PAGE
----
Intertribal Marriage: Five Tips On Meeting The In-laws

Stories of lovers who couldn’t get married because they are from different ethnic groups are less common in today’s Nigeria than they used to be. Though now, many young Nigerians would find it absurd to be confined into marrying from same tribe but it used to almost be the norm some decades ago when intertribal marriages weren’t so popular.

As such, as progress is made towards detribalisation and authentic nationhood, we can expect to see more couples from across Nigeria’s 250 ethnic groups getting married.

READ ALSO:12 Years On, Derek & Teju Nwafor Tell Us About Their Intertribal Marriage

On this note, it is expedient to understand that in-laws still play a huge role in successful unions, and these are often more traditional.

Are you planning to settle down with someone from a different part of the country? If yes, you may want to consider the following tips when meeting your intended partner’s people for the first time:

Make the first one count

First impressions go a long way. Work together with your partner to make the first meeting with the in-laws as pleasant as possible.

READ ALSO:Folake Achudume Reveals How Friends Counselled Her To Handle Her Mother-In-Law In Recent Interview

No pretence

You don’t have to pretend to be who you are not just to win their approval. It is important that they accept the real you into their family. Be pleasant and charming, but be yourself and don’t start what you can’t or won’t keep up. If you know you will not be able to sustain it, don’t start it.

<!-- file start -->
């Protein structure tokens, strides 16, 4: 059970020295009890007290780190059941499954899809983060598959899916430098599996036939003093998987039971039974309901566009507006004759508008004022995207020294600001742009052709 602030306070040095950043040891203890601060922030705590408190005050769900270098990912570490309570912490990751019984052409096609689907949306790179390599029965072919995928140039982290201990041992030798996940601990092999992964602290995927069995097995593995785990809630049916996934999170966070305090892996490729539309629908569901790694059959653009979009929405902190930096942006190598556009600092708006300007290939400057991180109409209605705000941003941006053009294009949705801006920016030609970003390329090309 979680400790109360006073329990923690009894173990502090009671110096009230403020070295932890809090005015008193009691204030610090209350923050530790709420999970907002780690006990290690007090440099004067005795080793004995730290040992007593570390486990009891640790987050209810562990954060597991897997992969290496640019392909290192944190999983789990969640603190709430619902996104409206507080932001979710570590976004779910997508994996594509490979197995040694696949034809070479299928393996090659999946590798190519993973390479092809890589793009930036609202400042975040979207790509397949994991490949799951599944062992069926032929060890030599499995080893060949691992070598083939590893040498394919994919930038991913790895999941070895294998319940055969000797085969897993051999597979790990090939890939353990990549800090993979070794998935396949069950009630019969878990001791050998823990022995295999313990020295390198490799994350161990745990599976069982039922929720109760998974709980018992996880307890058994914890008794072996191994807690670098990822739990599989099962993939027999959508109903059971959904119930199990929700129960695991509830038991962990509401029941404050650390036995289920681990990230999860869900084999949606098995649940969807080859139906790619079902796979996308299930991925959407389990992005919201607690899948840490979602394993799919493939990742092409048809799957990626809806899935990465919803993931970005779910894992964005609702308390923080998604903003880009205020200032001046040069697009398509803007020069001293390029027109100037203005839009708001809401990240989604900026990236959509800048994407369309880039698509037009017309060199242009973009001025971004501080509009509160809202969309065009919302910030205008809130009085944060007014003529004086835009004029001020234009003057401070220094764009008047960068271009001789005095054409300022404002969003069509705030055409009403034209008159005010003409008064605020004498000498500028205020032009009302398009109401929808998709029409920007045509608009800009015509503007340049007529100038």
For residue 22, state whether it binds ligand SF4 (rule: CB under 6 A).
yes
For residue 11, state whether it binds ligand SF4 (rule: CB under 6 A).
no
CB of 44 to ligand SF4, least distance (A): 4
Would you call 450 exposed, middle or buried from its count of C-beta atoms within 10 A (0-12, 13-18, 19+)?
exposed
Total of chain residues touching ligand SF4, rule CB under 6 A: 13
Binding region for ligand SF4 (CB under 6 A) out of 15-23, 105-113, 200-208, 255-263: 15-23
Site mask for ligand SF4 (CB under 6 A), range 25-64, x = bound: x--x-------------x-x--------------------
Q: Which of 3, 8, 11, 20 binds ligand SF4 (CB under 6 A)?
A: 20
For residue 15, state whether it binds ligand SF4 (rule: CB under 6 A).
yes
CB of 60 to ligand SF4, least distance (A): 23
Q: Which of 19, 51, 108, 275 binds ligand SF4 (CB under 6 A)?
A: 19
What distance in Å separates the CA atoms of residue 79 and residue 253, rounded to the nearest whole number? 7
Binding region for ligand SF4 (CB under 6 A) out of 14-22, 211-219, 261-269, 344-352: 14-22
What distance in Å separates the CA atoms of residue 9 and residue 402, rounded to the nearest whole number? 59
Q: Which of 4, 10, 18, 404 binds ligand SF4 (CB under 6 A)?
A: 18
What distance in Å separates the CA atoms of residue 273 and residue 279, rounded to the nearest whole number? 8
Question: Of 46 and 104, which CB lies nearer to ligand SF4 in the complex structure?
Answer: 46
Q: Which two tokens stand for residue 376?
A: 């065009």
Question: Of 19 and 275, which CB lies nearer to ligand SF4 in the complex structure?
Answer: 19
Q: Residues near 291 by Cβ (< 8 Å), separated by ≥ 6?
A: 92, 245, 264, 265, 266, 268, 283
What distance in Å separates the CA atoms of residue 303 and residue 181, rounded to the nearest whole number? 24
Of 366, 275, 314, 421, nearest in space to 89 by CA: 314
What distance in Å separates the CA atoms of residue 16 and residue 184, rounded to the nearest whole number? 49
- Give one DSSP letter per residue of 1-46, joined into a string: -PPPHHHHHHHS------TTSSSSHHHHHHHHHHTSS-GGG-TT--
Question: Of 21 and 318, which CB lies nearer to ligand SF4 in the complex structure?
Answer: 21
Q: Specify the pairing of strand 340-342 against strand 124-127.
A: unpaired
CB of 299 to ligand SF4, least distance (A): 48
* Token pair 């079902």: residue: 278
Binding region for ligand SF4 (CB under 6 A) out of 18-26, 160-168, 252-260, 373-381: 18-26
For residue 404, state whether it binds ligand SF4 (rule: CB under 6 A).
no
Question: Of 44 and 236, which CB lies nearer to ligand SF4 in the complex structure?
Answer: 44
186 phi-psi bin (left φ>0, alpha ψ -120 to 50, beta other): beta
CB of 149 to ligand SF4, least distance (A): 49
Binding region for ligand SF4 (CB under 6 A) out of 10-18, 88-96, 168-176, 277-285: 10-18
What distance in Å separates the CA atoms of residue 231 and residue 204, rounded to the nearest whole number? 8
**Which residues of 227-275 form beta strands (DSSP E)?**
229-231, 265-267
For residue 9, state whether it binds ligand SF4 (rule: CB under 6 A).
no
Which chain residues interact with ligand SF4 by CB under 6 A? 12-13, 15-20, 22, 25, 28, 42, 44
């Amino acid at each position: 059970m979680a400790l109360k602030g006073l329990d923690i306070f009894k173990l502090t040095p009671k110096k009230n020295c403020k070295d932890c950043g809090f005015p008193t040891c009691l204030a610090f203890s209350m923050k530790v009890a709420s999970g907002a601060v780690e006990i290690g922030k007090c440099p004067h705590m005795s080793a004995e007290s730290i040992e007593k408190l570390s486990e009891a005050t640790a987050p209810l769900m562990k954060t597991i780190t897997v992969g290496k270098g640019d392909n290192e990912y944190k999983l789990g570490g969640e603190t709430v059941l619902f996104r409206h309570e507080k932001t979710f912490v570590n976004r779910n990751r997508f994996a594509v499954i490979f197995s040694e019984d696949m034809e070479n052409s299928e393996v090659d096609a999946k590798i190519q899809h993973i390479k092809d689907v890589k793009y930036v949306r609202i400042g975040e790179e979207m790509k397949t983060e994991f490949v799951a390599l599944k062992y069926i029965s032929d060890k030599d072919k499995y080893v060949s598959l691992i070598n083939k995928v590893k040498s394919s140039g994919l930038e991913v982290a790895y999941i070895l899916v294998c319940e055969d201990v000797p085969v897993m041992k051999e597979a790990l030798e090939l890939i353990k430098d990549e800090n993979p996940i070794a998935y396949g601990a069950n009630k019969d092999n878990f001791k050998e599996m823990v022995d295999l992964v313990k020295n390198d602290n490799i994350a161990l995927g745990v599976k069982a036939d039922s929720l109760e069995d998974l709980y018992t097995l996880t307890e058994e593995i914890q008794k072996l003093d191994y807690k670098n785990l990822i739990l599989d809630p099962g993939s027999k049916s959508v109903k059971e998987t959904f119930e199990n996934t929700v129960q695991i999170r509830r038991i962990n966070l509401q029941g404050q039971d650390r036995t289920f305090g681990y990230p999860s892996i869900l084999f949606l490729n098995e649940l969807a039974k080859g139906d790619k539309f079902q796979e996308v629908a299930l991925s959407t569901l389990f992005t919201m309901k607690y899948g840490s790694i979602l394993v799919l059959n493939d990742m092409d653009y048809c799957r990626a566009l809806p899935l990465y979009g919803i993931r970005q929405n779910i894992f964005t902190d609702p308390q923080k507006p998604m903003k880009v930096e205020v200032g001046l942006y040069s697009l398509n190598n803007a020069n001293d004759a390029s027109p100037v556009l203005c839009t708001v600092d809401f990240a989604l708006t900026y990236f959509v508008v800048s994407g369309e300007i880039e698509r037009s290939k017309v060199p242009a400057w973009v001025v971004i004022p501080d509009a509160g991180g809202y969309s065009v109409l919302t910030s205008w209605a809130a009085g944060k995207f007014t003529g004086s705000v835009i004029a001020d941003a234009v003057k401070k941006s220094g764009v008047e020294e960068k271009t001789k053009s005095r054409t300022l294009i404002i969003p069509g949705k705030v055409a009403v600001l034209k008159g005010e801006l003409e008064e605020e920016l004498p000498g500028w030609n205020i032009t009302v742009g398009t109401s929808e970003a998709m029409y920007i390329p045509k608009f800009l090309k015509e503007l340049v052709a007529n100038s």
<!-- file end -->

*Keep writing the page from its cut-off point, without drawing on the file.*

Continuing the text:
Show interest

Be genuinely interested in their culture. A person’s ethnic heritage is part of who they are. Knowing a good deal about someone’s language, traditional foods or cultural history can be a great way to win their hearts if they hold these things dear. People appreciate such efforts.

READ ALSO:”As of the time she married me, the only property I had was my tribal mark” – Comic Actor Sanyeri Bares All On Marriage Experience

Open up

Don’t leave your partner in the dark about things that matter. If there are aspects of your culture that your family holds dear, your partner should know about it. For instance, it is crucial for a Yoruba man’s fiancée to know about the custom of kneeling before his older relatives, especially if her people don’t kneel to greet.

Stay strong

Be a rock for the one you love. No matter how much you prepare, inter-tribal marriages will test your patience at some point. Regardless of how well-meaning the in-laws are, language and cultural barriers have a way of making an outsider feel like, well, an outsider. Be sensitive, put yourself in your partner’s shoes, and help make bonding easier.

CREDIT: Guardian

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